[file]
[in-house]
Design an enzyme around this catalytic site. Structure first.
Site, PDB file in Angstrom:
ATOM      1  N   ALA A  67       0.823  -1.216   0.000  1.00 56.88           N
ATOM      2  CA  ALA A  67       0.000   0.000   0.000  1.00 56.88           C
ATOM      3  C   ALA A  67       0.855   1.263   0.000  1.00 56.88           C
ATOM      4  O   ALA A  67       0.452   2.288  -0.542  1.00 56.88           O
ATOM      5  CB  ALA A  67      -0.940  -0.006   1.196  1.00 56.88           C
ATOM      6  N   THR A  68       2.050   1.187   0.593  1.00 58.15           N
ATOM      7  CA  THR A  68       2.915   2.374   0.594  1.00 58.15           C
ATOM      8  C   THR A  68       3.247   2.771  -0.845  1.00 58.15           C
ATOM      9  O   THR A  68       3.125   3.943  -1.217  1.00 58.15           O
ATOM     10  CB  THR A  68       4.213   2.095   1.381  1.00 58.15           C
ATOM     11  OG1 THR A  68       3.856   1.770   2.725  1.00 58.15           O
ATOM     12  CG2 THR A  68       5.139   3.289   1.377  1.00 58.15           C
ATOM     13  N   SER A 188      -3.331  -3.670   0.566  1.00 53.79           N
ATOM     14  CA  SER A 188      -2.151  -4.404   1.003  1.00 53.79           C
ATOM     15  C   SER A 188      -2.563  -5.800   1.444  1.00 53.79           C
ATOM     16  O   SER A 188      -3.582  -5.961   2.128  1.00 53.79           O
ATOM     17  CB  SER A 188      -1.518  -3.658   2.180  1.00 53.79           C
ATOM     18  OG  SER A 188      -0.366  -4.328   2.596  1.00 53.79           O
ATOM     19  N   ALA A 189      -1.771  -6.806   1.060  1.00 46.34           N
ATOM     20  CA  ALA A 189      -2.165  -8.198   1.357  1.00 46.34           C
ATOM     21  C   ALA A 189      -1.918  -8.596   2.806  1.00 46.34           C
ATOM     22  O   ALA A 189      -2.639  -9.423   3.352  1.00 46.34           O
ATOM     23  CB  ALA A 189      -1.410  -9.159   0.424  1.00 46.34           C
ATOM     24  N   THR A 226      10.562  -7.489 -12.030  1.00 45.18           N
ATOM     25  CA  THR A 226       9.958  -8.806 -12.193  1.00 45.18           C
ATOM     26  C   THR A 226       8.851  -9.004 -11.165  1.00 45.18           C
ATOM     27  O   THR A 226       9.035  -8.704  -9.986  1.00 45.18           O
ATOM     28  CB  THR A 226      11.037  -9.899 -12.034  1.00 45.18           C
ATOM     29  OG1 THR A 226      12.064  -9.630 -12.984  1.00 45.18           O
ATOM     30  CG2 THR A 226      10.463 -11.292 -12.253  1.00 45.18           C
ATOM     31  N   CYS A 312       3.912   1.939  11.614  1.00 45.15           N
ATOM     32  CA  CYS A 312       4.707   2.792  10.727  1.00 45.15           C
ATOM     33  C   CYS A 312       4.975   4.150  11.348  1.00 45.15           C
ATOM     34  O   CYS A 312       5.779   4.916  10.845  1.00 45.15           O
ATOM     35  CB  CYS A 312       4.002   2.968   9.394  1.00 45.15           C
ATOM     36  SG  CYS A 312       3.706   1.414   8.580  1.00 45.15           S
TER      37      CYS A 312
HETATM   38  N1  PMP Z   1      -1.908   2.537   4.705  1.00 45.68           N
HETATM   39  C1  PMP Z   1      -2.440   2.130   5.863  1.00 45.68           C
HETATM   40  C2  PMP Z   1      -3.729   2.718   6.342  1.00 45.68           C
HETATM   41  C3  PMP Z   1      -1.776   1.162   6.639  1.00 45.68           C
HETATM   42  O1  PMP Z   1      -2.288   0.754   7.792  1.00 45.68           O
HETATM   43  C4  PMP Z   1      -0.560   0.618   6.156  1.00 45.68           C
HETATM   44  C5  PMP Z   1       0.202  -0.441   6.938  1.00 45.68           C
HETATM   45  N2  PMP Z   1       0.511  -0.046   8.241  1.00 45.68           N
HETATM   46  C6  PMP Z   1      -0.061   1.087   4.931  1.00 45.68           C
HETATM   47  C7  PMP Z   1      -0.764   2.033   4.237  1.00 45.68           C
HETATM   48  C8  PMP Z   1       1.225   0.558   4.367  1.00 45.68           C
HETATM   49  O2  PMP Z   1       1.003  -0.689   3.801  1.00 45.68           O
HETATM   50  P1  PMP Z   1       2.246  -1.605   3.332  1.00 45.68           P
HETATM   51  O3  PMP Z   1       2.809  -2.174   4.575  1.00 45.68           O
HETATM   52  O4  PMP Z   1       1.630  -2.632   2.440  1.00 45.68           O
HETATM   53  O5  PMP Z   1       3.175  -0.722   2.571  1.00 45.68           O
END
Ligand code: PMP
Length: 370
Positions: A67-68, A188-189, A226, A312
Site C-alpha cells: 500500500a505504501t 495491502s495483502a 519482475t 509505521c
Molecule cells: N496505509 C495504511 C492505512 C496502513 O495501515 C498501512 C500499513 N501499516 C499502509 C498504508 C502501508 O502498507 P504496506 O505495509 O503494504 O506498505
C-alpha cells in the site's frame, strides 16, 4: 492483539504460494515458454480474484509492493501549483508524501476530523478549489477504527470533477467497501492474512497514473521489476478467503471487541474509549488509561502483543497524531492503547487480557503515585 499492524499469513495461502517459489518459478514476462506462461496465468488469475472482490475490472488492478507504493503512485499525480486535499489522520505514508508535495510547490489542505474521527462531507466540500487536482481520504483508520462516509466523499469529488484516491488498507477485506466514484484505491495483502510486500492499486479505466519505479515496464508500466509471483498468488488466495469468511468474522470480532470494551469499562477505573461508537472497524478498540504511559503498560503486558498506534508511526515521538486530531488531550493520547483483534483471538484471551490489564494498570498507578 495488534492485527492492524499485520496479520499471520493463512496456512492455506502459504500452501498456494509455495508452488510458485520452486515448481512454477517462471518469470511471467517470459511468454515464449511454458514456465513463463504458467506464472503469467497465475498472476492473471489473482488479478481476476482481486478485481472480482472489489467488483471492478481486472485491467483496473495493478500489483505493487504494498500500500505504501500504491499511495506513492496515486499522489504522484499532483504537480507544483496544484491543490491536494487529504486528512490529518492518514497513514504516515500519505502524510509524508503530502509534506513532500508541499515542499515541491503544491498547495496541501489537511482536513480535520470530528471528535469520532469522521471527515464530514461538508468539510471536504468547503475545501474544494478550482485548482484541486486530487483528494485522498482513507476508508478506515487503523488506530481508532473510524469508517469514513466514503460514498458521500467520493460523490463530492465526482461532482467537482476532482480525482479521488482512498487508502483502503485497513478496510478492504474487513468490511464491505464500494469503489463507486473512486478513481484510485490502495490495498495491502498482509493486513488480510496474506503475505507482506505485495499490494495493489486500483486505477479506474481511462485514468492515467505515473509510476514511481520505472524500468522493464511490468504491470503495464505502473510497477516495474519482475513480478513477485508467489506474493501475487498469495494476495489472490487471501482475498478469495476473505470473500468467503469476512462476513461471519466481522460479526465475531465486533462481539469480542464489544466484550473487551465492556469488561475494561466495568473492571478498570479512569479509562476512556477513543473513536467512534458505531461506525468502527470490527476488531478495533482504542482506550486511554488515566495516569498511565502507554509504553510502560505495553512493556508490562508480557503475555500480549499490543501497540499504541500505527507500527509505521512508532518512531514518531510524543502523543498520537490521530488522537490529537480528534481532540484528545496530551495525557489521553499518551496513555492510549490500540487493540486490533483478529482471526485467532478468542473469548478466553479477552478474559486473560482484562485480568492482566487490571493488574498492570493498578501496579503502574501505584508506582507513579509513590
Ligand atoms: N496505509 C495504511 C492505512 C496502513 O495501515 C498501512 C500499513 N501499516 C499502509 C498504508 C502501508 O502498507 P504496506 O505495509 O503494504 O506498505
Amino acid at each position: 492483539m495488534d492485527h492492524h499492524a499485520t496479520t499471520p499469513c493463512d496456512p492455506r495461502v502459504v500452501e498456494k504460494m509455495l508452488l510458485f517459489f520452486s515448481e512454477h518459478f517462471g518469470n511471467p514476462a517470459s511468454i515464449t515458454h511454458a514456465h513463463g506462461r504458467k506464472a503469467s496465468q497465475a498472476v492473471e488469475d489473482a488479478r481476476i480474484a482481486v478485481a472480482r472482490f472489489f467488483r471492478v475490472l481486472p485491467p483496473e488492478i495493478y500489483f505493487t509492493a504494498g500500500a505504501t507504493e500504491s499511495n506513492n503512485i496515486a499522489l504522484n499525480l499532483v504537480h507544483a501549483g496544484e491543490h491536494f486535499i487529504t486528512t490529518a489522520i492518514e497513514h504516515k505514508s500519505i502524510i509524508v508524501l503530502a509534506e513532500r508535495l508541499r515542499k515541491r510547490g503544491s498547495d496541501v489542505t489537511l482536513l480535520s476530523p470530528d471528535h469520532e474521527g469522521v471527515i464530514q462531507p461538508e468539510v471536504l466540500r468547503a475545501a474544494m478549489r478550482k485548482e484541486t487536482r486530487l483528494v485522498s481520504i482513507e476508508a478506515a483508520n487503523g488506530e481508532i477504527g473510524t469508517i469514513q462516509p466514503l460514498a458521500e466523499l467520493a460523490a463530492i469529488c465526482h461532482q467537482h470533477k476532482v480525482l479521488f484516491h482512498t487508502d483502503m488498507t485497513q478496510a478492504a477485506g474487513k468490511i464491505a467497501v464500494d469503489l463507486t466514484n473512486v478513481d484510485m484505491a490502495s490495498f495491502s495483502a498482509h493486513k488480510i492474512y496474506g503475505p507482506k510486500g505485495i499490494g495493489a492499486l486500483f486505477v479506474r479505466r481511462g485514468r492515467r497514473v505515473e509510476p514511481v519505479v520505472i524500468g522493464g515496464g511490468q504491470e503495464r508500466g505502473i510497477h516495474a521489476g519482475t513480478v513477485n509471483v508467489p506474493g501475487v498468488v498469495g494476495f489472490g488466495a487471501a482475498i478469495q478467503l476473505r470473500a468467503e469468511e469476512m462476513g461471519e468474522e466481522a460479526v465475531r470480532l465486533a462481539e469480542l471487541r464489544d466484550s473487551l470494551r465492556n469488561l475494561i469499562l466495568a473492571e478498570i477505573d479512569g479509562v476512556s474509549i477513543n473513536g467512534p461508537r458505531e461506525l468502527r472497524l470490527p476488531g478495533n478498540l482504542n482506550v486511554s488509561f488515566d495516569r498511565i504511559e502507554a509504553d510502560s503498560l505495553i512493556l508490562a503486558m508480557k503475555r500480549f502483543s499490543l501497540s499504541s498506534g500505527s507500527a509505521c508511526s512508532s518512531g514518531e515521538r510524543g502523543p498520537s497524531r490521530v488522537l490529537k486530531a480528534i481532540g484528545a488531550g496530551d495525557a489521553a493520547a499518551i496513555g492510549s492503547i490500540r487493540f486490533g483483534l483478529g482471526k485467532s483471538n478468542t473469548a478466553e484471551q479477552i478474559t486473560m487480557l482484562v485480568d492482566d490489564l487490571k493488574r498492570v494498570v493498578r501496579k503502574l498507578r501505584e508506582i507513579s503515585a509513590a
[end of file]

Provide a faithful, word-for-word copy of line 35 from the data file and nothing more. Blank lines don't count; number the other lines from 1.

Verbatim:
ATOM     32  CA  CYS A 312       4.707   2.792  10.727  1.00 45.15           C